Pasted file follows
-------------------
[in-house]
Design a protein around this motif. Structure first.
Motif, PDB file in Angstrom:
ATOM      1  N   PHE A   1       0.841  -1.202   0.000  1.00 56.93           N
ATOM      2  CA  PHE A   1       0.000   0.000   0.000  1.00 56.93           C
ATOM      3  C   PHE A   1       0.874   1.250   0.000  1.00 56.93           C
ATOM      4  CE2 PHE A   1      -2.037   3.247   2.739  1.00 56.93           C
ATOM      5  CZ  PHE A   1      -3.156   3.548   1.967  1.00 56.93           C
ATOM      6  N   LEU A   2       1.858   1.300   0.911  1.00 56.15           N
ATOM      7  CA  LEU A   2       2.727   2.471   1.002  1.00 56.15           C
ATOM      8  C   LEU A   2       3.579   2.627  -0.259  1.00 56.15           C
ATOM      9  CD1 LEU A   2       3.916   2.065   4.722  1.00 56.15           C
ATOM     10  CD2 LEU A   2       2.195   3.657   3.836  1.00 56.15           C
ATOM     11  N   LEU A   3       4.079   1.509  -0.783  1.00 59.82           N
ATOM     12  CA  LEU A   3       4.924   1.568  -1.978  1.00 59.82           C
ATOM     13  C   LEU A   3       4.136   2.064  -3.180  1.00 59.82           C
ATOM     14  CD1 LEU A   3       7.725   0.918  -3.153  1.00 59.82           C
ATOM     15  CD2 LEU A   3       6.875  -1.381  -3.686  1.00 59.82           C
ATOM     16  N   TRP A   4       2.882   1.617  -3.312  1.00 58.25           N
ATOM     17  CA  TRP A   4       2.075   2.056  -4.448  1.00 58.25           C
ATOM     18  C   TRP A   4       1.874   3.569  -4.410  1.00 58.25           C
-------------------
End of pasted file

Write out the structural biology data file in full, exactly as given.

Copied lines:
[in-house]
Design a protein around this motif. Structure first.
Motif, PDB file in Angstrom:
ATOM      1  N   PHE A   1       0.841  -1.202   0.000  1.00 56.93           N
ATOM      2  CA  PHE A   1       0.000   0.000   0.000  1.00 56.93           C
ATOM      3  C   PHE A   1       0.874   1.250   0.000  1.00 56.93           C
ATOM      4  CE2 PHE A   1      -2.037   3.247   2.739  1.00 56.93           C
ATOM      5  CZ  PHE A   1      -3.156   3.548   1.967  1.00 56.93           C
ATOM      6  N   LEU A   2       1.858   1.300   0.911  1.00 56.15           N
ATOM      7  CA  LEU A   2       2.727   2.471   1.002  1.00 56.15           C
ATOM      8  C   LEU A   2       3.579   2.627  -0.259  1.00 56.15           C
ATOM      9  CD1 LEU A   2       3.916   2.065   4.722  1.00 56.15           C
ATOM     10  CD2 LEU A   2       2.195   3.657   3.836  1.00 56.15           C
ATOM     11  N   LEU A   3       4.079   1.509  -0.783  1.00 59.82           N
ATOM     12  CA  LEU A   3       4.924   1.568  -1.978  1.00 59.82           C
ATOM     13  C   LEU A   3       4.136   2.064  -3.180  1.00 59.82           C
ATOM     14  CD1 LEU A   3       7.725   0.918  -3.153  1.00 59.82           C
ATOM     15  CD2 LEU A   3       6.875  -1.381  -3.686  1.00 59.82           C
ATOM     16  N   TRP A   4       2.882   1.617  -3.312  1.00 58.25           N
ATOM     17  CA  TRP A   4       2.075   2.056  -4.448  1.00 58.25           C
ATOM     18  C   TRP A   4       1.874   3.569  -4.410  1.00 58.25           C